Azimuthal and Spatial Variations of Shear-Wave Splitting Parameters at Long-Running Seismic Stations in the Area Affected by the India-Eurasian Collision


Most previous shear-wave splitting studies presented the results in the form of station-averaged splitting parameters. This practice is valid only when the parameters do not vary significantly with the geographic location of the ray-piercing points at the depth of the source of anisotropy, and/or with the arriving azimuth of the XKS (including SKS, SKKS, and PKS) ray-paths. Here we present results of XKS splitting measurements at about 15 long-running seismic stations in the part of East Asia that is influenced by Cenozoic orogenic events associated with the India-Eurasian collision, aiming at evaluating the pervasiveness of complex anisotropy in the vicinity of the stations. Our results show that based on the spatial/azimuthal variation of the splitting parameters, the stations can be divided into 4 groups. Those in Group A (stations AAK, LSA, ULN, WMQ, WUS) demonstrate a clear azimuthal variation with a 90-degree periodicity which is suggestive of double-layer anisotropy. Resulting splitting parameters at Group B stations (BJT, ENH, HIA, LZH, TLY) show clear dependence on the geographic location of the ray-piercing points (and thus dependence on the back-azimuth also), but the azimuthal dependence is complex and is not a periodic function. In most cases those stations are located near major tectonic boundaries and the splitting parameters from events with ray-piercing points on the same tectonic province are similar. Stations in Group C (CHTO, MAKZ, XAN) have a decent azimuthal coverage and show insignificant azimuthal and spatial variations, suggesting simple anisotropy. The remaining two stations (GAR, KMI) have a limited azimuthal coverage and thus a conclusive categorization cannot be made until more events become available. Observations at those stations suggest that at least in the study area, complex anisotropy is pervasive (10 out of 13 stations with a sufficient azimuthal coverage), and consequently, station-averaged splitting parameters may not be representative of the actual anisotropic structure beneath a station and should be used with caution. The study also highlights the importance of long-running seismic stations in the realization of complex anisotropy.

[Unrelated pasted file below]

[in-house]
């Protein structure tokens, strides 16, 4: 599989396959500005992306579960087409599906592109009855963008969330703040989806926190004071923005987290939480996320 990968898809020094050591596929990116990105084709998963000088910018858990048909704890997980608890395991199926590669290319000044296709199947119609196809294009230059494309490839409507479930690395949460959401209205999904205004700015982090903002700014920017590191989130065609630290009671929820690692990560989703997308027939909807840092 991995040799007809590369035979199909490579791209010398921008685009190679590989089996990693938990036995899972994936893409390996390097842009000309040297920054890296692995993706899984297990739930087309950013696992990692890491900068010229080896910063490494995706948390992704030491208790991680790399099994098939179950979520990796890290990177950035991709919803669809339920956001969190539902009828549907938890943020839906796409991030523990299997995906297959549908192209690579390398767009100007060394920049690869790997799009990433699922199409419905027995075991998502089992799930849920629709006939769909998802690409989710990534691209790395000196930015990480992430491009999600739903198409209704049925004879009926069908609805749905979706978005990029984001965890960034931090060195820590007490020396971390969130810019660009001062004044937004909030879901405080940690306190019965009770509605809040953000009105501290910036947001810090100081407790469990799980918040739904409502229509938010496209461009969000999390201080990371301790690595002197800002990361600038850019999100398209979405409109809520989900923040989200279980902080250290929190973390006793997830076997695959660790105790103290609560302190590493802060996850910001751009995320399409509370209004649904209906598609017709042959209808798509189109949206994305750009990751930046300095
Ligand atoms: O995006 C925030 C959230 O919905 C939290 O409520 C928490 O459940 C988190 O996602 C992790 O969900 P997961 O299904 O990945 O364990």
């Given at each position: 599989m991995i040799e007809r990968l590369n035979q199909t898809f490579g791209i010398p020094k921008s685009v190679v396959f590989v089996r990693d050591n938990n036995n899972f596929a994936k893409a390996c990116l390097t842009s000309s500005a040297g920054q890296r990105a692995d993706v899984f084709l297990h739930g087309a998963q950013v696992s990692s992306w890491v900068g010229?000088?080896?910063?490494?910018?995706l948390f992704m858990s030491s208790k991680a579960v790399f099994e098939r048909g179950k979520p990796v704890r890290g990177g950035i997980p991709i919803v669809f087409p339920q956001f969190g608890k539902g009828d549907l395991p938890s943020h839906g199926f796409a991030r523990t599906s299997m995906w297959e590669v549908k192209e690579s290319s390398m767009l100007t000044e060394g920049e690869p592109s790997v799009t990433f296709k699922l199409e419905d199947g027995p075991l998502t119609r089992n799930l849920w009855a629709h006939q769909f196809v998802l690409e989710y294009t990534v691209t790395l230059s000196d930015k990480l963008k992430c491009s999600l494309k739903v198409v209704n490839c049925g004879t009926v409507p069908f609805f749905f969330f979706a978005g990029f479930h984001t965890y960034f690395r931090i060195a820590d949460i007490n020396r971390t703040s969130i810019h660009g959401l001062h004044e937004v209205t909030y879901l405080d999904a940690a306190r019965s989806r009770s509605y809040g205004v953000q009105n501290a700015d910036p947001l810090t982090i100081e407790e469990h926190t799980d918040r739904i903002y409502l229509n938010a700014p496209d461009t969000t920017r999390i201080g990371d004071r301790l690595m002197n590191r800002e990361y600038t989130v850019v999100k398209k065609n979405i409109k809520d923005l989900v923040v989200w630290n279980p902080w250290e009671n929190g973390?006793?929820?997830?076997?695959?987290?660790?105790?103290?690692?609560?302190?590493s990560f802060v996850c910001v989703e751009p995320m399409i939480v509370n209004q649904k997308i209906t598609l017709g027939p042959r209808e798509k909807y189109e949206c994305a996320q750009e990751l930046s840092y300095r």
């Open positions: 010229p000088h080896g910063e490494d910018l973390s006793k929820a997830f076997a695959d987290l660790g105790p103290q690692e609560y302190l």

Meeting Name

Western Pacific Geophysics Meeting (2010: Jun, 22-25, Taipei, Taiwan)


Geosciences and Geological and Petroleum Engineering

Keywords and Phrases

Body waves; Mantle; Lithosphere

Document Type

Article - Conference proceedings

Document Version


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© 2010 American Geophysical Union (AGU), All rights reserved.

Publication Date

01 Jun 2010

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